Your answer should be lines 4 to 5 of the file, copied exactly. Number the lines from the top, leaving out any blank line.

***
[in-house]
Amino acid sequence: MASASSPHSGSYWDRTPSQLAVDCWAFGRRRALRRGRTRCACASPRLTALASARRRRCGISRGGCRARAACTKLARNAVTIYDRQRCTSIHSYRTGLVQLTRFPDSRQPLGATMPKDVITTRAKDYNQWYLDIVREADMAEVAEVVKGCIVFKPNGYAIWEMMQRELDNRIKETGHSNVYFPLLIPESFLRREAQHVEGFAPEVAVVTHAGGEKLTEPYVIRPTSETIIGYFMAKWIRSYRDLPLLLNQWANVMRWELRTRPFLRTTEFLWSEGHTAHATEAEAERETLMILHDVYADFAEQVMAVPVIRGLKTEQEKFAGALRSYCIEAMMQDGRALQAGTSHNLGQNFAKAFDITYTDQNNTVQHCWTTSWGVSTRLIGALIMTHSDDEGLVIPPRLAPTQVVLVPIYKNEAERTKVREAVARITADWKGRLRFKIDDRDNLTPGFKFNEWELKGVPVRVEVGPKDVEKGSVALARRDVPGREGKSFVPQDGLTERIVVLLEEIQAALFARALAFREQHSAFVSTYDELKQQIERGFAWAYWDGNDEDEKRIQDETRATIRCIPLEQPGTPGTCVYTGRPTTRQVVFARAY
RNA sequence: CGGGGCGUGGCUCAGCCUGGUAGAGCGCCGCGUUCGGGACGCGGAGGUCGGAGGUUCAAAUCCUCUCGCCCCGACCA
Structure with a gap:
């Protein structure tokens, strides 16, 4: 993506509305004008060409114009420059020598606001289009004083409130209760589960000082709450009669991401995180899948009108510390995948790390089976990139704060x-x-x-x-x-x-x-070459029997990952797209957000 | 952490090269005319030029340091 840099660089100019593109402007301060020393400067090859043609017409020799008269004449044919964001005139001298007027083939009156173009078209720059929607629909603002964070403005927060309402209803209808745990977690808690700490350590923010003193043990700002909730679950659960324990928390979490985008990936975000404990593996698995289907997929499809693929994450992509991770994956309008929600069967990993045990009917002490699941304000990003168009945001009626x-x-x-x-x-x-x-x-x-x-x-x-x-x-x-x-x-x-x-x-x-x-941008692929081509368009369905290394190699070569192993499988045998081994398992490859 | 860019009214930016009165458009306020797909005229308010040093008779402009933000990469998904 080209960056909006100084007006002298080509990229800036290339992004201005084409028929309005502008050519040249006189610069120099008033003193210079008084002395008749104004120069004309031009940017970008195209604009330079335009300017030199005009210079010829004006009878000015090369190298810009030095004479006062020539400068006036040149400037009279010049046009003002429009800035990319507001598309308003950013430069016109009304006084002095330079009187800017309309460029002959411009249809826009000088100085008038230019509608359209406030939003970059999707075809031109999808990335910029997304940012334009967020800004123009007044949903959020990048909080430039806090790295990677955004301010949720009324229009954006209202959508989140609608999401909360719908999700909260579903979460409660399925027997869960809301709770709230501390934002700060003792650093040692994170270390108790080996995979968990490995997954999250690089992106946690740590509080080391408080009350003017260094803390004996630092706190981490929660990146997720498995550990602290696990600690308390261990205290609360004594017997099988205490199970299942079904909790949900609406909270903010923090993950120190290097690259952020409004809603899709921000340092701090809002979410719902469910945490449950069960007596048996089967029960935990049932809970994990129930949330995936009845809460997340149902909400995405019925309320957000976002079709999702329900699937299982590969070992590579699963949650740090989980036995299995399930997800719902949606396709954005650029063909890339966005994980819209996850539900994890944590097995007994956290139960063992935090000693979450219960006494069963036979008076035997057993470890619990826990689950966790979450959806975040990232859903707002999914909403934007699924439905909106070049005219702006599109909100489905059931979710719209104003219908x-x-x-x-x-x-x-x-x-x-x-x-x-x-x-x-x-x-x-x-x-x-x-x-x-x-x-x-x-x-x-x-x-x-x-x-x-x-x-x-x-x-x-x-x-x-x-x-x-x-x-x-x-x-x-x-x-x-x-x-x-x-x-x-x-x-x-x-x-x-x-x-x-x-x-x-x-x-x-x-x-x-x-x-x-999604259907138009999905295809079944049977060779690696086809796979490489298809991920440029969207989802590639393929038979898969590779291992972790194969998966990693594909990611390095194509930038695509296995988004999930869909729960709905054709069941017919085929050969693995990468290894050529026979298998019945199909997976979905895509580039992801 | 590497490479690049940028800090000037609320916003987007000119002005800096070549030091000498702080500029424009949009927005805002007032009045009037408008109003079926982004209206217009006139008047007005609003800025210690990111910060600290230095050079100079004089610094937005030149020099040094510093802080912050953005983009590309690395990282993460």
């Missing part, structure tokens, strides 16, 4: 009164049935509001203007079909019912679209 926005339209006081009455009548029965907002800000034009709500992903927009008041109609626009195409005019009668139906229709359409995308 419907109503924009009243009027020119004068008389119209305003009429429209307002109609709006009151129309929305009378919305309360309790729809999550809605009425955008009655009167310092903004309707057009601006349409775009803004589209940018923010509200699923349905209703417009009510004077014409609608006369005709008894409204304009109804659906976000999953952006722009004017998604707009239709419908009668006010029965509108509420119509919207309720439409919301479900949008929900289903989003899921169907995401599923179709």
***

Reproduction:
Structure with a gap:
């Protein structure tokens, strides 16, 4: 993506509305004008060409114009420059020598606001289009004083409130209760589960000082709450009669991401995180899948009108510390995948790390089976990139704060x-x-x-x-x-x-x-070459029997990952797209957000 | 952490090269005319030029340091 840099660089100019593109402007301060020393400067090859043609017409020799008269004449044919964001005139001298007027083939009156173009078209720059929607629909603002964070403005927060309402209803209808745990977690808690700490350590923010003193043990700002909730679950659960324990928390979490985008990936975000404990593996698995289907997929499809693929994450992509991770994956309008929600069967990993045990009917002490699941304000990003168009945001009626x-x-x-x-x-x-x-x-x-x-x-x-x-x-x-x-x-x-x-x-x-x-941008692929081509368009369905290394190699070569192993499988045998081994398992490859 | 860019009214930016009165458009306020797909005229308010040093008779402009933000990469998904 080209960056909006100084007006002298080509990229800036290339992004201005084409028929309005502008050519040249006189610069120099008033003193210079008084002395008749104004120069004309031009940017970008195209604009330079335009300017030199005009210079010829004006009878000015090369190298810009030095004479006062020539400068006036040149400037009279010049046009003002429009800035990319507001598309308003950013430069016109009304006084002095330079009187800017309309460029002959411009249809826009000088100085008038230019509608359209406030939003970059999707075809031109999808990335910029997304940012334009967020800004123009007044949903959020990048909080430039806090790295990677955004301010949720009324229009954006209202959508989140609608999401909360719908999700909260579903979460409660399925027997869960809301709770709230501390934002700060003792650093040692994170270390108790080996995979968990490995997954999250690089992106946690740590509080080391408080009350003017260094803390004996630092706190981490929660990146997720498995550990602290696990600690308390261990205290609360004594017997099988205490199970299942079904909790949900609406909270903010923090993950120190290097690259952020409004809603899709921000340092701090809002979410719902469910945490449950069960007596048996089967029960935990049932809970994990129930949330995936009845809460997340149902909400995405019925309320957000976002079709999702329900699937299982590969070992590579699963949650740090989980036995299995399930997800719902949606396709954005650029063909890339966005994980819209996850539900994890944590097995007994956290139960063992935090000693979450219960006494069963036979008076035997057993470890619990826990689950966790979450959806975040990232859903707002999914909403934007699924439905909106070049005219702006599109909100489905059931979710719209104003219908x-x-x-x-x-x-x-x-x-x-x-x-x-x-x-x-x-x-x-x-x-x-x-x-x-x-x-x-x-x-x-x-x-x-x-x-x-x-x-x-x-x-x-x-x-x-x-x-x-x-x-x-x-x-x-x-x-x-x-x-x-x-x-x-x-x-x-x-x-x-x-x-x-x-x-x-x-x-x-x-x-x-x-x-x-999604259907138009999905295809079944049977060779690696086809796979490489298809991920440029969207989802590639393929038979898969590779291992972790194969998966990693594909990611390095194509930038695509296995988004999930869909729960709905054709069941017919085929050969693995990468290894050529026979298998019945199909997976979905895509580039992801 | 590497490479690049940028800090000037609320916003987007000119002005800096070549030091000498702080500029424009949009927005805002007032009045009037408008109003079926982004209206217009006139008047007005609003800025210690990111910060600290230095050079100079004089610094937005030149020099040094510093802080912050953005983009590309690395990282993460």